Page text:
How a Guantanamo prison guard discovered Islam
April 14, 2009
As a guard in Guantanamo Bay, Terry Holdbrooks was charged with keeping a careful watch on detainees in the infamous detention center. But after a series of extraordinary interactions between the former US Army specialist and Muslim detainees at the center, the Phoenix, Arizona-born prison guard decided to convert to Islam.
During his service at Guantanamo, Holdbrooks says the detainees were often subjected to sadistic, degrading treatment by interrogators.
In an interview with FRANCE 24’s Guillaume Meyer, the former prison
guard rattled off a list of sometimes brutal, often humiliating
situations the detainees were subjected to. “Detainees were punched,
kicked, knee-butted, things like that would occur,” he said. “Detainees
would be doused in cold water…be subjected to very loud
music…investigators would come in and sometimes rough up a detainee…”
Through it all, Holdbrooks said, a number of detainees continued to practice their faith. And that left an indelible mark on the US prison guard. “Seeing people who were practicing Muslims, practicing Islam in a horrible place like that…it was an interesting experience for me to see somebody take their faith so seriously, so devoutly,” he told FRANCE 24.
‘Wrong place at the wrong time’
While prison guards often develop a hostile relationship with detainees, there have been recent cases of former Guantanamo guards developing sympathetic relations with the detainees.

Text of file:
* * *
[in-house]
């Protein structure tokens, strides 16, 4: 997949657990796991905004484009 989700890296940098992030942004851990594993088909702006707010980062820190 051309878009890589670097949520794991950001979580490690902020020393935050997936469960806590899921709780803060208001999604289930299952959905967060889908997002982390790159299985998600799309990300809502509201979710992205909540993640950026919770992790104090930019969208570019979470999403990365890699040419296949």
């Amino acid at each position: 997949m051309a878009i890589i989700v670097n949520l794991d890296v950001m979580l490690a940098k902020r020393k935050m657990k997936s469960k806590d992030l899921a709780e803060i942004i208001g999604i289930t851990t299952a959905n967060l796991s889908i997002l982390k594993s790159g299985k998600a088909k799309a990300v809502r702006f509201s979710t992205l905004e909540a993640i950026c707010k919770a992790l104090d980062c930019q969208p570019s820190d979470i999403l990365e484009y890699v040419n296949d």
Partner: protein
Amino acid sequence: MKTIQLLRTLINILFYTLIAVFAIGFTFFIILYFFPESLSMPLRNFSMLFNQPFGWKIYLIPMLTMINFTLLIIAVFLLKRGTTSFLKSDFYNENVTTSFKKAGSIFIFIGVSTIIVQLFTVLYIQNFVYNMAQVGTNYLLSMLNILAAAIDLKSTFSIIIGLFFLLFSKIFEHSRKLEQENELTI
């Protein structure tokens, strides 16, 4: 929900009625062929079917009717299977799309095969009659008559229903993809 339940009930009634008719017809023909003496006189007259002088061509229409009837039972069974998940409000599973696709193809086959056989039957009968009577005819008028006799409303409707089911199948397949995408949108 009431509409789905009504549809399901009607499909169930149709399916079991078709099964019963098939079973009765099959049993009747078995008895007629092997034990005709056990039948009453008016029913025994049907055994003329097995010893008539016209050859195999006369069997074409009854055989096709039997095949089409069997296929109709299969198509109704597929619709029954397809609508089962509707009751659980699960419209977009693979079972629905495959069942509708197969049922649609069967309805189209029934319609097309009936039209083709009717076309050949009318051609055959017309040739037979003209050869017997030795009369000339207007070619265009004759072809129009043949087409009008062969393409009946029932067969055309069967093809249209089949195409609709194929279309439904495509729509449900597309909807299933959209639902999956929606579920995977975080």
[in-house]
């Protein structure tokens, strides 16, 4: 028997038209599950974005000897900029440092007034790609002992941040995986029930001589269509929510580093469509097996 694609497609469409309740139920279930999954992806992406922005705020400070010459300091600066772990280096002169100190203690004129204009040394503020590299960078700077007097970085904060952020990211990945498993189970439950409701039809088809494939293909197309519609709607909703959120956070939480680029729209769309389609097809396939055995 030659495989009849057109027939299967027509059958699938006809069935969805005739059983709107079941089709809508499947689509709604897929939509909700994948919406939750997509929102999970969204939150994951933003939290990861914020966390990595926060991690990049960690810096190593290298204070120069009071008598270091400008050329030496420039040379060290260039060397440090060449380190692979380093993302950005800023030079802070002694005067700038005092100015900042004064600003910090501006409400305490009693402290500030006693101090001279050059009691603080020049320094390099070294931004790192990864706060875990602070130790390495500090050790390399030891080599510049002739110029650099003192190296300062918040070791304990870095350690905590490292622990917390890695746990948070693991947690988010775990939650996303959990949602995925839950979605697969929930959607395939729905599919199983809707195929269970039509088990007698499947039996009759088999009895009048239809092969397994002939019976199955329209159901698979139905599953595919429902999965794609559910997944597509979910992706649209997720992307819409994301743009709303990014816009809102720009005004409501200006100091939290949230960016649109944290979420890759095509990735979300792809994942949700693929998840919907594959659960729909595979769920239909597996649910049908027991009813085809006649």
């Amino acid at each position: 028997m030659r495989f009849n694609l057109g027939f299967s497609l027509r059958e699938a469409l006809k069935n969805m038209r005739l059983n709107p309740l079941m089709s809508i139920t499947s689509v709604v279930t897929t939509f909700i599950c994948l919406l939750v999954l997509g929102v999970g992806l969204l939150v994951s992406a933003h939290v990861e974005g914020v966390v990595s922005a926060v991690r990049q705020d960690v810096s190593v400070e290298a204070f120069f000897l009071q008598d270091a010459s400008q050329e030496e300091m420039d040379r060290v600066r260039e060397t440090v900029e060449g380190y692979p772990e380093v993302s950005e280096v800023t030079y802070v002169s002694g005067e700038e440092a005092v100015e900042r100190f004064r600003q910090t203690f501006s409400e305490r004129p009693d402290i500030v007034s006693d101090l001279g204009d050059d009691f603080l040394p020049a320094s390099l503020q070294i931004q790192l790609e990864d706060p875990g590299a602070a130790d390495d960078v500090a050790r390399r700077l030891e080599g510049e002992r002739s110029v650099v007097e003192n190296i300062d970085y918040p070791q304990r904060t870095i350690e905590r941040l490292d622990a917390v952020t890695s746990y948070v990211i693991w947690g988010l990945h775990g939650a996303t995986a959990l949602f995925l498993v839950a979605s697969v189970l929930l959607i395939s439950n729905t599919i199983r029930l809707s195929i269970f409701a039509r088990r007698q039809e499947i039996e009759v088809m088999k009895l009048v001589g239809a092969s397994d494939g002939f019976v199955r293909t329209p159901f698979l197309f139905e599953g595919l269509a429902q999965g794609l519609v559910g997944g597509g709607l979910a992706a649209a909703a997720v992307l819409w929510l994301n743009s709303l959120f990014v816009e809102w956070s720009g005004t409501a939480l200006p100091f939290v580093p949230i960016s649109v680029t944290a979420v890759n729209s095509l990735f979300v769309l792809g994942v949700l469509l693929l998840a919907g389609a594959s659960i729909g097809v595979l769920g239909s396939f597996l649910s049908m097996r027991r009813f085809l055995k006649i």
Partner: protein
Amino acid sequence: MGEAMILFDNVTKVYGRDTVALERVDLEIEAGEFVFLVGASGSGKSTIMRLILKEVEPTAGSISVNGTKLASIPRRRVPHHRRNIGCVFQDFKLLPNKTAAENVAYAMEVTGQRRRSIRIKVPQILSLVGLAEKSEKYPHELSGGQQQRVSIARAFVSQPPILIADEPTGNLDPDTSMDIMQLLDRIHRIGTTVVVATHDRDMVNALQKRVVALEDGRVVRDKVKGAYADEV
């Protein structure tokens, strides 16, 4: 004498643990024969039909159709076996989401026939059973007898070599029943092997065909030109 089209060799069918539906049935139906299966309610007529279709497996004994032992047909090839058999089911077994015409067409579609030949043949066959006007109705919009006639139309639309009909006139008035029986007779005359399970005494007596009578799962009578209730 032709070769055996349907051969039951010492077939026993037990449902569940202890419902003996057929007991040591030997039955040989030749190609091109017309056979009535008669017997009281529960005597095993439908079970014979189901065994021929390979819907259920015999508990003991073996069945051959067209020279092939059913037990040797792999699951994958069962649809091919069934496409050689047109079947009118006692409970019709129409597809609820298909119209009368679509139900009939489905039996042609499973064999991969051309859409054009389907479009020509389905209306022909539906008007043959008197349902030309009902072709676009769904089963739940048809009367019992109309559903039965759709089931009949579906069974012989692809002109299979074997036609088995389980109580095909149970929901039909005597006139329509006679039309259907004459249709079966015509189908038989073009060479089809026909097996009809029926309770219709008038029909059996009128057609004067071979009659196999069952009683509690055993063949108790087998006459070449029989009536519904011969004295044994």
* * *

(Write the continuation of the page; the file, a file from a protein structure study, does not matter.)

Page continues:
According to Holdbrooks, it was easy to differentiate between those who had “ill will toward the US” and those who were simply “at the wrong place at the wrong time”.
“I can think back to an old man and a child,” recalled Holdbrooks. “I don’t think they knew of a world outside Afghanistan. I don’t think they knew there were oceans or that the world was round or that there was the Internet, computers or cell phones or any of these things. They just knew their village. How can somebody like that be a co-conspirator of the 9/11 attacks?” he asked.
Holdbrooks himself has had a troubled history of substance addiction, according to media reports. Following his conversion to Islam at Guantanamo, Holdbrooks was honourably discharged from service. No reasons were supplied for his release from the military two years before the end of his commitment.
When he returned home to Phoenix, Holdbrooks took to heavy drinking and a cocaine addiction, he told the French daily Le Figaro, before his serious addiction problem landed him in hospital. This time, it was a local imam at a Phoenix mosque that led him back to Islam.
US President Barack Obama has vowed to close the infamous prison by
January 2010 and has established a multi-agency task force to review
But defense attorneys have criticized the US administration for dragging their feet over the cases of some 240 current detainees who were allowed to take their cases to federal courts following a US Supreme Court ruling last year.
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